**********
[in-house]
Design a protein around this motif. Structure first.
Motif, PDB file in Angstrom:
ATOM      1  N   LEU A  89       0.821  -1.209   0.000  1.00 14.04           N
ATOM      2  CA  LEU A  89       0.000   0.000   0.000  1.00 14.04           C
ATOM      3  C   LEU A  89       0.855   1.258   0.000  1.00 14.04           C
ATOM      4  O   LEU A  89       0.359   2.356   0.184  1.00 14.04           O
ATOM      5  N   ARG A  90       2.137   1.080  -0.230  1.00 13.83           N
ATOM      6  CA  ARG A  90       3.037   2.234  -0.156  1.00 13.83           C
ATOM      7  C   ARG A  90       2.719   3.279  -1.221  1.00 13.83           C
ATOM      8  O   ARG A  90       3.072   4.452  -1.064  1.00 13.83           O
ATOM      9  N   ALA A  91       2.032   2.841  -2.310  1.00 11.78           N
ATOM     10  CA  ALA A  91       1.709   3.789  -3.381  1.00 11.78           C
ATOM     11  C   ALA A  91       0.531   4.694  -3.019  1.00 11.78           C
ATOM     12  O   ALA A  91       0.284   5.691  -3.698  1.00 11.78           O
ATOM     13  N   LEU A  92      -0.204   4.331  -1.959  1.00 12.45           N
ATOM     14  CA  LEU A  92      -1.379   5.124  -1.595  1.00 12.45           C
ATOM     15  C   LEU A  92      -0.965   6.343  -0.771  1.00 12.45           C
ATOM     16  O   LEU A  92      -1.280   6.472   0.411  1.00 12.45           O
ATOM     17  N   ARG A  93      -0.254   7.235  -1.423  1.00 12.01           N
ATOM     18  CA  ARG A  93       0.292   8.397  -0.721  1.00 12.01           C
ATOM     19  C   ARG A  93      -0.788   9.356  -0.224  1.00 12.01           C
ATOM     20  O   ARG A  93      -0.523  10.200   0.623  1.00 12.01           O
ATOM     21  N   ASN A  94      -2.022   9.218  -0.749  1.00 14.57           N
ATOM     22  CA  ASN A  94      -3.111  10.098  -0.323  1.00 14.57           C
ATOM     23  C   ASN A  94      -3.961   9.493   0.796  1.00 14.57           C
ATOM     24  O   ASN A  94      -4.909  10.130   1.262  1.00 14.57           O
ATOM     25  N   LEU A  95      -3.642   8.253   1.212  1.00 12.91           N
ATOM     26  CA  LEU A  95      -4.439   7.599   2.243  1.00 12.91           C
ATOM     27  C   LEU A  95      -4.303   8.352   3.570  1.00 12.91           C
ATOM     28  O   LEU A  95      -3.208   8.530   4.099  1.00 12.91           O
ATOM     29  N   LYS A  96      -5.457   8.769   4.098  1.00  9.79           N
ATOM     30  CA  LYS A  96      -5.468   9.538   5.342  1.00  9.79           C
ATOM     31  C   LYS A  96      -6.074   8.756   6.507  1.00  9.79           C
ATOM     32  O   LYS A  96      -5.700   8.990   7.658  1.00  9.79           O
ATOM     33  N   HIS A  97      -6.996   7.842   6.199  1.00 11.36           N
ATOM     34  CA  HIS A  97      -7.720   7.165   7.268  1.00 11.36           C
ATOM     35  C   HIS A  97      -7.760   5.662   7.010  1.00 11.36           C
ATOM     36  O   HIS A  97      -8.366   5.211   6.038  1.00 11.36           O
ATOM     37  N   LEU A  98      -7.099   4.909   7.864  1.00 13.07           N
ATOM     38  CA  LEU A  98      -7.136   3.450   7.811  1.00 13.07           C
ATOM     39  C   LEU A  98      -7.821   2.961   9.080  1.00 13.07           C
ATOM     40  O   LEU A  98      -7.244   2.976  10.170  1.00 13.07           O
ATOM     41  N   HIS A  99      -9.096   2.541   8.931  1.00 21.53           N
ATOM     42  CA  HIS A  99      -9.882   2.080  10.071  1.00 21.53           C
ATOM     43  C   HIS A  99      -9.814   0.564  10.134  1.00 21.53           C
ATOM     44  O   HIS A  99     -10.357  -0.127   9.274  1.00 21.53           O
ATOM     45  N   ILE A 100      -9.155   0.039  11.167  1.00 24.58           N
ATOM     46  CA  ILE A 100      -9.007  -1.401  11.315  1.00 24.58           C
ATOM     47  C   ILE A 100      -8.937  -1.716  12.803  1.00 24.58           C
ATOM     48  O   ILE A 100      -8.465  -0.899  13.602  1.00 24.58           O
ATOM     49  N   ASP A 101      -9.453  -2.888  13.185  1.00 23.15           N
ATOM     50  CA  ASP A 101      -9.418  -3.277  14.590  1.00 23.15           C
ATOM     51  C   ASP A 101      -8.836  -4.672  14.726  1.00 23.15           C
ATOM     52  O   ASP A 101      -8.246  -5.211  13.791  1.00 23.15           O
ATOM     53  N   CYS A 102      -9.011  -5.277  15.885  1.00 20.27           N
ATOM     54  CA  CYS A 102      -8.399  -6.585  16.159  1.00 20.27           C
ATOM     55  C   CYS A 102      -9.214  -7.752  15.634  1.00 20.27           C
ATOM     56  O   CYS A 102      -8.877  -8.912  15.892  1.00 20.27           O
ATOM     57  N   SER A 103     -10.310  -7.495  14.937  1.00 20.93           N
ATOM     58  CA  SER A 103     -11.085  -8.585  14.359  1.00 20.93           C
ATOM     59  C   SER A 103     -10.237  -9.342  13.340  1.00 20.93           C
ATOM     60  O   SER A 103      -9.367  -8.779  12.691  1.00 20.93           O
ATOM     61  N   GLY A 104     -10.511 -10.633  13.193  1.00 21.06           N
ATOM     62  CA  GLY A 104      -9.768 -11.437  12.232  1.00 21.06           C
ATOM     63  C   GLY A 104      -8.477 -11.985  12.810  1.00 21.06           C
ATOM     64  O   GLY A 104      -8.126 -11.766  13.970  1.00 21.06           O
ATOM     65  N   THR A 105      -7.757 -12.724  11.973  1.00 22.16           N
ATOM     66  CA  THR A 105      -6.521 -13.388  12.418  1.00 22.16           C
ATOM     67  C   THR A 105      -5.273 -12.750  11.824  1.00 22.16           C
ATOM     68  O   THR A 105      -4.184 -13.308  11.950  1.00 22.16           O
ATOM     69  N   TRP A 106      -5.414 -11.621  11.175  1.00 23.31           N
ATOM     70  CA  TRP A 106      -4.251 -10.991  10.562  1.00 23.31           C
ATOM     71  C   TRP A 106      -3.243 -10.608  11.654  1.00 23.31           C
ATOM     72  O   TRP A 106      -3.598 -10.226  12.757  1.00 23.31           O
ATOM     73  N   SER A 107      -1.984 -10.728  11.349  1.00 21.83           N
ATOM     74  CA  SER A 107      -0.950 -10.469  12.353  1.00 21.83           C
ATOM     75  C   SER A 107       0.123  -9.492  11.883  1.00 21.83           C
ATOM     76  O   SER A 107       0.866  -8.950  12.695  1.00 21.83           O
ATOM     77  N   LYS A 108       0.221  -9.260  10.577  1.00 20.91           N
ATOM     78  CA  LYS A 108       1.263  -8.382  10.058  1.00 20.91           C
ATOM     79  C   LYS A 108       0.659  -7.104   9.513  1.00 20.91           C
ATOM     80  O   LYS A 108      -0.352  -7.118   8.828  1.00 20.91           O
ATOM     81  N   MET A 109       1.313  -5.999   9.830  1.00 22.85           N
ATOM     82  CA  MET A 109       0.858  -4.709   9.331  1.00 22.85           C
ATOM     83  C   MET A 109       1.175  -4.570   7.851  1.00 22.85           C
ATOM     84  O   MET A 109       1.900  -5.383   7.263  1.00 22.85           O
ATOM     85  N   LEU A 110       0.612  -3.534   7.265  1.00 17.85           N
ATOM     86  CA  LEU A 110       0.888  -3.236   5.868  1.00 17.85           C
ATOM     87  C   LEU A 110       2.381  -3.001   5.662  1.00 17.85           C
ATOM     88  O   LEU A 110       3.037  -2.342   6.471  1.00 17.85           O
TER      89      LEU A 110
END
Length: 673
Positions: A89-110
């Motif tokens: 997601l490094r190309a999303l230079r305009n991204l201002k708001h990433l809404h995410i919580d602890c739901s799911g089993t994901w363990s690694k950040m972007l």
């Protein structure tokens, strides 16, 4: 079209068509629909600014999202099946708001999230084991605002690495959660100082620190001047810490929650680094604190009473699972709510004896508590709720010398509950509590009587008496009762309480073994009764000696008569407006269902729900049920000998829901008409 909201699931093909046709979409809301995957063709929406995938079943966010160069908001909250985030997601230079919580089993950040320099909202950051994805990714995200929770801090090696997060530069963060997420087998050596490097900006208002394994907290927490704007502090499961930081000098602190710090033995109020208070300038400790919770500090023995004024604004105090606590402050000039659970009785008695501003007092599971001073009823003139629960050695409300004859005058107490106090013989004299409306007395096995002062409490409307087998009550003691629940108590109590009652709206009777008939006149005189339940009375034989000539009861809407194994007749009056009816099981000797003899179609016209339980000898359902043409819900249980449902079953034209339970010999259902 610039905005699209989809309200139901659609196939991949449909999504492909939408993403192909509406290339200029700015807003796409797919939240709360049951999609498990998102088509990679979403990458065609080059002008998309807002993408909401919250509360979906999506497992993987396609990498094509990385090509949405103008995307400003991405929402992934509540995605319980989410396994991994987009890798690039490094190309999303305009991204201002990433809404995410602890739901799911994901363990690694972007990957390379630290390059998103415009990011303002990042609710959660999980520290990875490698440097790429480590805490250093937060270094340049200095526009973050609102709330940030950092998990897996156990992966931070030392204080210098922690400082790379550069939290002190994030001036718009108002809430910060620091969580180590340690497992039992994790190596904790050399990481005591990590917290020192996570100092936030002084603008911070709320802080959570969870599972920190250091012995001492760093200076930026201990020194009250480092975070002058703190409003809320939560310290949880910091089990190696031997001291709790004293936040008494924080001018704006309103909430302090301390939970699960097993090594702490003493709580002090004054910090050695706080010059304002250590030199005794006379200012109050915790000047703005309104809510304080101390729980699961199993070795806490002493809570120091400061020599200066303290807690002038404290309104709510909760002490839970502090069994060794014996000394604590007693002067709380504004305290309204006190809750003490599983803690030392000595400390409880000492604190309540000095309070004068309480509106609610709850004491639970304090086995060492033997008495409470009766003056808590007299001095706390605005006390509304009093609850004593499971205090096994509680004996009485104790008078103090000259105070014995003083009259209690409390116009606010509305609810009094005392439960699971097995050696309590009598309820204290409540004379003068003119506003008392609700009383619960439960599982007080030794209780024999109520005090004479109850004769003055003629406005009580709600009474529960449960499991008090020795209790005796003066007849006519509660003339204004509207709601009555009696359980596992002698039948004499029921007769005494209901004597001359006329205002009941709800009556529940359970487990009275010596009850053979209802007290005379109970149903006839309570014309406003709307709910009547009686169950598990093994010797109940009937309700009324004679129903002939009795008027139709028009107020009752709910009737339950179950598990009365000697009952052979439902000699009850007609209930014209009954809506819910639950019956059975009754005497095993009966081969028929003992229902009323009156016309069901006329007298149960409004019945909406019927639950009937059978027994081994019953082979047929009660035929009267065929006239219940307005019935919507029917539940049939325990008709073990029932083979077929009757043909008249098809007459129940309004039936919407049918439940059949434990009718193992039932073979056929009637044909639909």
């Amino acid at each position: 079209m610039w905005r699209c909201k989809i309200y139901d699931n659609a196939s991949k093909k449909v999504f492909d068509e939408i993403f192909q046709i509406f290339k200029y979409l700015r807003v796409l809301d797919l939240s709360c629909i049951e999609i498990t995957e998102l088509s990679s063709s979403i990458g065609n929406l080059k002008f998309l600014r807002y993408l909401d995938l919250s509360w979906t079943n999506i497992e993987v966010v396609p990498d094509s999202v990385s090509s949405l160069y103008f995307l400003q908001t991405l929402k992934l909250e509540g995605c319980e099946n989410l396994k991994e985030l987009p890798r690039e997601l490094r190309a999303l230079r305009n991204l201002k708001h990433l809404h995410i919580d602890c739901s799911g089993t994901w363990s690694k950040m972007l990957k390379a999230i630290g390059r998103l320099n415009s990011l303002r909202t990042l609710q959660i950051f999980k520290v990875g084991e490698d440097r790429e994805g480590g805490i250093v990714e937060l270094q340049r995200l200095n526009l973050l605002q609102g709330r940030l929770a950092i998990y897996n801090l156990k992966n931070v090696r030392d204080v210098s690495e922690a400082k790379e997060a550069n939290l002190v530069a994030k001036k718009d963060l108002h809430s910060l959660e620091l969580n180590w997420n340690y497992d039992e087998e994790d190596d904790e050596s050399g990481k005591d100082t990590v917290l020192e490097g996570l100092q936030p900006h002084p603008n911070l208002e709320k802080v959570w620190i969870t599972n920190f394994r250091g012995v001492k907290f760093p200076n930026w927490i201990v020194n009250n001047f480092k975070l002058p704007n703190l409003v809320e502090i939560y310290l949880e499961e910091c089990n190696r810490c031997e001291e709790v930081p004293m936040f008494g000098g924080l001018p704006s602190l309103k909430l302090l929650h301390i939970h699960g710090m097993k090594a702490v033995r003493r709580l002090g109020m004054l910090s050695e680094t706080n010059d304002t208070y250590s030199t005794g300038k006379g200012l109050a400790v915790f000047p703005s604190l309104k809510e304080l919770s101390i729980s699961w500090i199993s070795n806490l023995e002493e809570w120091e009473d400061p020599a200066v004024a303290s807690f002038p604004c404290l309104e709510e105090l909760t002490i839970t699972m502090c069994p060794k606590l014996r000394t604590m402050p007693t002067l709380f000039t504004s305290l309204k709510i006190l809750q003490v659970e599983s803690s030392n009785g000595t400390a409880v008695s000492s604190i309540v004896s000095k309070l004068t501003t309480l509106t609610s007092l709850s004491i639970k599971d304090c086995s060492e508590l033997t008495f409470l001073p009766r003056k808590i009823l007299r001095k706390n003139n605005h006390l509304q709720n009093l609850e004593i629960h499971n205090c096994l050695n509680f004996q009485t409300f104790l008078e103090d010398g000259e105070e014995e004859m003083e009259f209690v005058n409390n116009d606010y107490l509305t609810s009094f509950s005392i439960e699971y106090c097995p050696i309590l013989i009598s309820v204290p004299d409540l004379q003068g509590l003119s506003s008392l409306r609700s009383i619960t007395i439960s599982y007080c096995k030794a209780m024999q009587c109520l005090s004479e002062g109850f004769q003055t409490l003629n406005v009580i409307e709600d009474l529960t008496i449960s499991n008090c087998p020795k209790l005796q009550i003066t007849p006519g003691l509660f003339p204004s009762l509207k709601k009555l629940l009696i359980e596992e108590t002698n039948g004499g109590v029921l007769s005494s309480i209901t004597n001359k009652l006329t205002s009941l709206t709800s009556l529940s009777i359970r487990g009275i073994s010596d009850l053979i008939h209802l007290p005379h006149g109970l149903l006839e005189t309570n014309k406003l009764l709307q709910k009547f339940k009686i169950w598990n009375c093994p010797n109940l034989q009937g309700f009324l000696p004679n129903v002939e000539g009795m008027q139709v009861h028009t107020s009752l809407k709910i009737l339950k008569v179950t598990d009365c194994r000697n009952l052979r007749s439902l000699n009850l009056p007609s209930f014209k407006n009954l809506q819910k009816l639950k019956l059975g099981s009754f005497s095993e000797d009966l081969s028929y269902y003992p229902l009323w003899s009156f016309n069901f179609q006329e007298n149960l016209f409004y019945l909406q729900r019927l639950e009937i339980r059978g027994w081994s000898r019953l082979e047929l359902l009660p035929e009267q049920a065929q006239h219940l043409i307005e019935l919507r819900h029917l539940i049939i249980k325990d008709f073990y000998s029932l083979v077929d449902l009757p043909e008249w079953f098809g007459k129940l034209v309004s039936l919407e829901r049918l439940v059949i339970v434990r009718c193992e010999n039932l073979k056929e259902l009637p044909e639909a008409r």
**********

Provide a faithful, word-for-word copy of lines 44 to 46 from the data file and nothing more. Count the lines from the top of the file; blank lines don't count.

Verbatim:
ATOM     41  N   HIS A  99      -9.096   2.541   8.931  1.00 21.53           N
ATOM     42  CA  HIS A  99      -9.882   2.080  10.071  1.00 21.53           C
ATOM     43  C   HIS A  99      -9.814   0.564  10.134  1.00 21.53           C